In the continuing saga that is my 2011 AU class, the next part covers connecting the dots.
Archive for Feature Lines
One of the greatest things about AutoCAD products is that they are very customizable. Being that Civil 3D is a vertical product of AutoCAD, it too, is very customizable. I’m going to share with you one way you can customize your Civil 3D to improve your grading efficiency without having to know one bit of programming code.
Similar to the contextual ribbon appearing when a certain object is selected. We’re going to assign a command to a Civil 3D object when it is double-clicked. I’m going to show you one of my favorite ones, and that is evoking the Quick Elevation Edit or (AeccQuickEditFeatureElevs) command for Feature Lines.
This will surely save you some grading time. Do you want to see how to set this up?
As a follow-up to the post Feature Line Styles Control What?:
‘Featureline Priority’ is most likely a feature – no pun intended – in Civil 3D that you have overlooked or didn’t even know about. As you do know, if Featurelines are in the same ‘Site’ they interact with each other and the last one edited wins.
If you have two Featurelines that cross each other and are in the same ‘Site’, Civil 3D will force them to be at the same elevation where they cross. This is a good thing since they need to be to build an accurate surface (review image below).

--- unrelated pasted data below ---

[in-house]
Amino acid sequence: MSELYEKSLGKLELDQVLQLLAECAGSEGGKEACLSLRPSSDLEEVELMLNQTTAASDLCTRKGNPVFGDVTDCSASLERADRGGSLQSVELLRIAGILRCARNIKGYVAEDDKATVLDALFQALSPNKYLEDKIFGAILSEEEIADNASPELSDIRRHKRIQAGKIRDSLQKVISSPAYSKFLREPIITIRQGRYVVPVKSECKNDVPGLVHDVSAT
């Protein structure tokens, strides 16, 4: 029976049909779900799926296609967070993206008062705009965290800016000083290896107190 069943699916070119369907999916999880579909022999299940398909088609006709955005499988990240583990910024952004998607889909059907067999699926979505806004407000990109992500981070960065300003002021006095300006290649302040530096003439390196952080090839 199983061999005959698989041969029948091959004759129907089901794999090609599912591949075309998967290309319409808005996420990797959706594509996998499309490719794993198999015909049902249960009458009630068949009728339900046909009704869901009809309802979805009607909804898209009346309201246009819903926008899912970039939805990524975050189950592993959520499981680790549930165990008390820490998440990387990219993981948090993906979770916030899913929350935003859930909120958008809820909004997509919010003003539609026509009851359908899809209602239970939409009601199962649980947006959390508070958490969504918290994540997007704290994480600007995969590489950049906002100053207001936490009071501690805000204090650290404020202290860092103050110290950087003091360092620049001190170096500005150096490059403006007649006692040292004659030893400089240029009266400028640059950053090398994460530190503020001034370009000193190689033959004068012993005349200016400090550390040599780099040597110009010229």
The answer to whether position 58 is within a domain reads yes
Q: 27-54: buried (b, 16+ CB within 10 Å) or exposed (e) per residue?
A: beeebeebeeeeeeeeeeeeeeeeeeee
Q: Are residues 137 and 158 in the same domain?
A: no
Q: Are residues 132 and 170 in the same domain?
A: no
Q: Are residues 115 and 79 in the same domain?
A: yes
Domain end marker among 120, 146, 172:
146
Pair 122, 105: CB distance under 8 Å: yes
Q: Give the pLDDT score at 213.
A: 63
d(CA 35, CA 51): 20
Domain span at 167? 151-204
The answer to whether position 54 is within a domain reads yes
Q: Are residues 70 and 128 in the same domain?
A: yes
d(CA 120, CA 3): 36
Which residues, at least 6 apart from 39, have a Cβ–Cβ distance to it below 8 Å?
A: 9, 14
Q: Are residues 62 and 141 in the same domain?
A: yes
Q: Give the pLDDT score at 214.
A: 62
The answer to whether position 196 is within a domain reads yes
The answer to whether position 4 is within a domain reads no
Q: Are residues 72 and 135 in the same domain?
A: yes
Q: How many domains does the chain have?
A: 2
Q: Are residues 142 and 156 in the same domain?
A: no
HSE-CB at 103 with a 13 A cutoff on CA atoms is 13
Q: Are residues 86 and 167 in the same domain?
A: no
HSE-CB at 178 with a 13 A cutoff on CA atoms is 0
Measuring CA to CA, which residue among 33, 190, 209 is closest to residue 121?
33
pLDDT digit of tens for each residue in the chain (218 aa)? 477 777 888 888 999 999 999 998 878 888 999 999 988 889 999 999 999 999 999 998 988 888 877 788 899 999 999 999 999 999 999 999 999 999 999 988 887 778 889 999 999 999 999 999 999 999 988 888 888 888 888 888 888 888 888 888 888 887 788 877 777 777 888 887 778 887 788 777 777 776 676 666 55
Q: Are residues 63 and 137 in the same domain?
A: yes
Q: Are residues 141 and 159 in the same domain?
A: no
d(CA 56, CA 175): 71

There are a number of times where you just want to get a Featurline (3D polylines) right from a profile and don’t want to deal with a corridor model or assemblies. It is sort of funny, in Land Desktop there was a convoluted method involving points and surface breaklines to accomplish such a common task. Well, not any more in Civil 3D! Civil 3D will create a Featureline directly from an alignment and profile. It has always been there, your probably may have breezed over it, like I did, for months.
After the jump learn how…
Apparently Matt’s on a hot streak, two in a row for our Canadian contributor! JW
I’m willing to bet if you’ve had a little more than zero experience with corridors you know what Bowties are. maybe not in name, but in practise. Bowties are what happens when your corridor has a bend in it that is too tight for the width of the section. Here’s an image. The circle shows overlapping links.
This is a perfectly understandable phenomena; each corridor section is its own standalone entity without thought to preceding or successive sections. Same thing happened in Land Desktop, it’s just that there was no Corridor in LDT so it wasn’t blatantly obvious. Additionally, this overlap condition is not problematic unless you’re creating a surface. This is Civil 3D after all and it’s all about making surfaces; far more than Land Desktop, at least in my experience. Make the jump to find an alternate solution.